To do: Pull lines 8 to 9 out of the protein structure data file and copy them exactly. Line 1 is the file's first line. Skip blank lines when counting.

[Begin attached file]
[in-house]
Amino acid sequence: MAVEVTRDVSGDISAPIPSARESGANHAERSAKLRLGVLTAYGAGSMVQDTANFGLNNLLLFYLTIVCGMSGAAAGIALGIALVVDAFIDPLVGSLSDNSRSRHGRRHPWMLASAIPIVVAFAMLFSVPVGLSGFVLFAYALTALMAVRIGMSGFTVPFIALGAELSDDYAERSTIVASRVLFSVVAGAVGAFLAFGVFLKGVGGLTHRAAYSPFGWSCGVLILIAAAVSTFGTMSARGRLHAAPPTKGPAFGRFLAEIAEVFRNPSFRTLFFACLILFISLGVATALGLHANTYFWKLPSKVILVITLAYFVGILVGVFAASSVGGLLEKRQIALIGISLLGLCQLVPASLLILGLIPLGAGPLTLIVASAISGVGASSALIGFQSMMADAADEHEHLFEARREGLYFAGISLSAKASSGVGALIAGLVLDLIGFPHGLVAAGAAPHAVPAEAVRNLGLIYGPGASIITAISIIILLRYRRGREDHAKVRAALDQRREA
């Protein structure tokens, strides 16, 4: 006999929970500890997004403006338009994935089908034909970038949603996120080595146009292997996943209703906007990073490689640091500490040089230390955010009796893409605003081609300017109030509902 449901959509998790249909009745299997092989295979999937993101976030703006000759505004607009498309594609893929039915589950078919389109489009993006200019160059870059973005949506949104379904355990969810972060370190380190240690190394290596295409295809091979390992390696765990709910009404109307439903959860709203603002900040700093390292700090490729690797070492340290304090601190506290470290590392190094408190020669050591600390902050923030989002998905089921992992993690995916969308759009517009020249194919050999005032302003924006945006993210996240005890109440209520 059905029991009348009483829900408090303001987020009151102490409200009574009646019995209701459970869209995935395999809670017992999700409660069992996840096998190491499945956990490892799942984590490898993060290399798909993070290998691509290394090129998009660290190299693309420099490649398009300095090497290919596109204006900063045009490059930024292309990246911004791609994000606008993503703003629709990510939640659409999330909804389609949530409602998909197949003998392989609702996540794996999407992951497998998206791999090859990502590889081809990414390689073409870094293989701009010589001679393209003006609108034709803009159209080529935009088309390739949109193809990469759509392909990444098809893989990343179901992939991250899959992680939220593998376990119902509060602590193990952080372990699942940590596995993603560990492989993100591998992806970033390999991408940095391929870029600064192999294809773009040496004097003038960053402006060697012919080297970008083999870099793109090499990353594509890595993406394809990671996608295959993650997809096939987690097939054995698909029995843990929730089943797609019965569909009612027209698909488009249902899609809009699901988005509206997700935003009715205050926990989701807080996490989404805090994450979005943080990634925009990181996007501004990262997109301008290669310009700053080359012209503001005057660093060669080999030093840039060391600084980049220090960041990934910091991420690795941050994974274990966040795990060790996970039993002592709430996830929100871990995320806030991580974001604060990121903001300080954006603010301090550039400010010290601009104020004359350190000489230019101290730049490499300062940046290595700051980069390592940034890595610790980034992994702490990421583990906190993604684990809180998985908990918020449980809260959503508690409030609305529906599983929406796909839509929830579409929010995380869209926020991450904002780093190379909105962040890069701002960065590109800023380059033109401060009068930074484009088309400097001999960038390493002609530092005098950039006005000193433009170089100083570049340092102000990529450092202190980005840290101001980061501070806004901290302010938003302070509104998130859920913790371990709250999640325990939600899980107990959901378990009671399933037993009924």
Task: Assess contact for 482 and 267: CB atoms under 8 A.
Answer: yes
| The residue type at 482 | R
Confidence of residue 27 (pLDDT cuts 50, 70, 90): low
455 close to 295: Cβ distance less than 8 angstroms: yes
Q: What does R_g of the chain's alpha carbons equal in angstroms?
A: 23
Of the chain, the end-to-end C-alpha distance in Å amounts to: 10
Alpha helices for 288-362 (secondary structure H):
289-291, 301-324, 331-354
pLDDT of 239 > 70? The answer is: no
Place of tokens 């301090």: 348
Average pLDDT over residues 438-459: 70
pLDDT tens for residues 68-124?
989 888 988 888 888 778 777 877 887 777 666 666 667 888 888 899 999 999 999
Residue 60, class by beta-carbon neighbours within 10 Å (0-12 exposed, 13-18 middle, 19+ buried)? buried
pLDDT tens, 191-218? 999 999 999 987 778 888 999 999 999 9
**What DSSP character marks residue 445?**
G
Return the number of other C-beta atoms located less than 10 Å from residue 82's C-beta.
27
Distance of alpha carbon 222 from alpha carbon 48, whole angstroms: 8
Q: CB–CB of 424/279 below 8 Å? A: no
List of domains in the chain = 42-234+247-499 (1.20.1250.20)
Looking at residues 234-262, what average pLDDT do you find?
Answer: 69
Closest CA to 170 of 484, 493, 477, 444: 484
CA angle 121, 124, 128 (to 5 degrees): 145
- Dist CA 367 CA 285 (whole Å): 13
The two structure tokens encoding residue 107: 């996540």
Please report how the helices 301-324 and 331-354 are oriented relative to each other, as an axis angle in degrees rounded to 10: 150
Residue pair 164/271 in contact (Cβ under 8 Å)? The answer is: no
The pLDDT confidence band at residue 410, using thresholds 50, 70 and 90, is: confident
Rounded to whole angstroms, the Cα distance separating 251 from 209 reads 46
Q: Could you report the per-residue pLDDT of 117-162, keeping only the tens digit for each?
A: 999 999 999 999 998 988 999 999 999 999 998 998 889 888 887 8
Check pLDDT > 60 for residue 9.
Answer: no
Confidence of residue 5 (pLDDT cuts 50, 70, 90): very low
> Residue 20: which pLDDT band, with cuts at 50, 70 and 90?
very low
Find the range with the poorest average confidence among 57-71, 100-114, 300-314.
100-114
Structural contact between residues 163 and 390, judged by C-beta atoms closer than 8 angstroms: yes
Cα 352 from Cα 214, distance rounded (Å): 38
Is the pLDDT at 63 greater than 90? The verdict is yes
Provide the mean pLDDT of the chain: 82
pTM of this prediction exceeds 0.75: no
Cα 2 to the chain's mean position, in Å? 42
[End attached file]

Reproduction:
455 close to 295: Cβ distance less than 8 angstroms: yes
Q: What does R_g of the chain's alpha carbons equal in angstroms?